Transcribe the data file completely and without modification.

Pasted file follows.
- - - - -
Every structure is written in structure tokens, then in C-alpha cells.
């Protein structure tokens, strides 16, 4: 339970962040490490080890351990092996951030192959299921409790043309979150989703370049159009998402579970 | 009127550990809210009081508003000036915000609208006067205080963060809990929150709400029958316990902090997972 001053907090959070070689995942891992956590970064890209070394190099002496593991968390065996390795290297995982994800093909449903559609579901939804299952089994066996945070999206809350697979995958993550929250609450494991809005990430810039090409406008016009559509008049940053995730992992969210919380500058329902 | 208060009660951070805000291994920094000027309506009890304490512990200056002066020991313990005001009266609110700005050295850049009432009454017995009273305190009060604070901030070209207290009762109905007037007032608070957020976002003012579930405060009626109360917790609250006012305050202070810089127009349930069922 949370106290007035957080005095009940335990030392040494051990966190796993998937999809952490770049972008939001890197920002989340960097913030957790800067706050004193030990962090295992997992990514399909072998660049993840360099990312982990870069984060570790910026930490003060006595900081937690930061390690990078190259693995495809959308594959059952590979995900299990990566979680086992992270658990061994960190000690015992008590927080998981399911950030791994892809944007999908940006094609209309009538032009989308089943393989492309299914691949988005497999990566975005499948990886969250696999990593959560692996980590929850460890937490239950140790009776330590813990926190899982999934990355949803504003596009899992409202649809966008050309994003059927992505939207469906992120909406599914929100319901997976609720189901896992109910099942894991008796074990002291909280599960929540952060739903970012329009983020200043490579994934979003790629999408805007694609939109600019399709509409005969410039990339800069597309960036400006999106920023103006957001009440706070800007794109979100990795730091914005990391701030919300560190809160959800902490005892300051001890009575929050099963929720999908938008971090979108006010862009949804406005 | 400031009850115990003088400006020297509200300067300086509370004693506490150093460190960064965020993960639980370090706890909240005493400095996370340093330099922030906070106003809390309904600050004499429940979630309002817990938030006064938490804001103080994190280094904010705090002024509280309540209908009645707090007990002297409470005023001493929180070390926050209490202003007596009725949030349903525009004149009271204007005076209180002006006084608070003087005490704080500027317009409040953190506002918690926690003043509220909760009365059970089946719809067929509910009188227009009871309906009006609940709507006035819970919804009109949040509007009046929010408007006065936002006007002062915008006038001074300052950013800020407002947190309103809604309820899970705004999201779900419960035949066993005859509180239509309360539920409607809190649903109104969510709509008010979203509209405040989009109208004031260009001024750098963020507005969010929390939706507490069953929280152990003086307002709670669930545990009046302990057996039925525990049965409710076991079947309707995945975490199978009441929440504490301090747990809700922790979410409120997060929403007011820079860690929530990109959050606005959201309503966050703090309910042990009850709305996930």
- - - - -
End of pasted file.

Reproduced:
Every structure is written in structure tokens, then in C-alpha cells.
């Protein structure tokens, strides 16, 4: 339970962040490490080890351990092996951030192959299921409790043309979150989703370049159009998402579970 | 009127550990809210009081508003000036915000609208006067205080963060809990929150709400029958316990902090997972 001053907090959070070689995942891992956590970064890209070394190099002496593991968390065996390795290297995982994800093909449903559609579901939804299952089994066996945070999206809350697979995958993550929250609450494991809005990430810039090409406008016009559509008049940053995730992992969210919380500058329902 | 208060009660951070805000291994920094000027309506009890304490512990200056002066020991313990005001009266609110700005050295850049009432009454017995009273305190009060604070901030070209207290009762109905007037007032608070957020976002003012579930405060009626109360917790609250006012305050202070810089127009349930069922 949370106290007035957080005095009940335990030392040494051990966190796993998937999809952490770049972008939001890197920002989340960097913030957790800067706050004193030990962090295992997992990514399909072998660049993840360099990312982990870069984060570790910026930490003060006595900081937690930061390690990078190259693995495809959308594959059952590979995900299990990566979680086992992270658990061994960190000690015992008590927080998981399911950030791994892809944007999908940006094609209309009538032009989308089943393989492309299914691949988005497999990566975005499948990886969250696999990593959560692996980590929850460890937490239950140790009776330590813990926190899982999934990355949803504003596009899992409202649809966008050309994003059927992505939207469906992120909406599914929100319901997976609720189901896992109910099942894991008796074990002291909280599960929540952060739903970012329009983020200043490579994934979003790629999408805007694609939109600019399709509409005969410039990339800069597309960036400006999106920023103006957001009440706070800007794109979100990795730091914005990391701030919300560190809160959800902490005892300051001890009575929050099963929720999908938008971090979108006010862009949804406005 | 400031009850115990003088400006020297509200300067300086509370004693506490150093460190960064965020993960639980370090706890909240005493400095996370340093330099922030906070106003809390309904600050004499429940979630309002817990938030006064938490804001103080994190280094904010705090002024509280309540209908009645707090007990002297409470005023001493929180070390926050209490202003007596009725949030349903525009004149009271204007005076209180002006006084608070003087005490704080500027317009409040953190506002918690926690003043509220909760009365059970089946719809067929509910009188227009009871309906009006609940709507006035819970919804009109949040509007009046929010408007006065936002006007002062915008006038001074300052950013800020407002947190309103809604309820899970705004999201779900419960035949066993005859509180239509309360539920409607809190649903109104969510709509008010979203509209405040989009109208004031260009001024750098963020507005969010929390939706507490069953929280152990003086307002709670669930545990009046302990057996039925525990049965409710076991079947309707995945975490199978009441929440504490301090747990809700922790979410409120997060929403007011820079860690929530990109959050606005959201309503966050703090309910042990009850709305996930």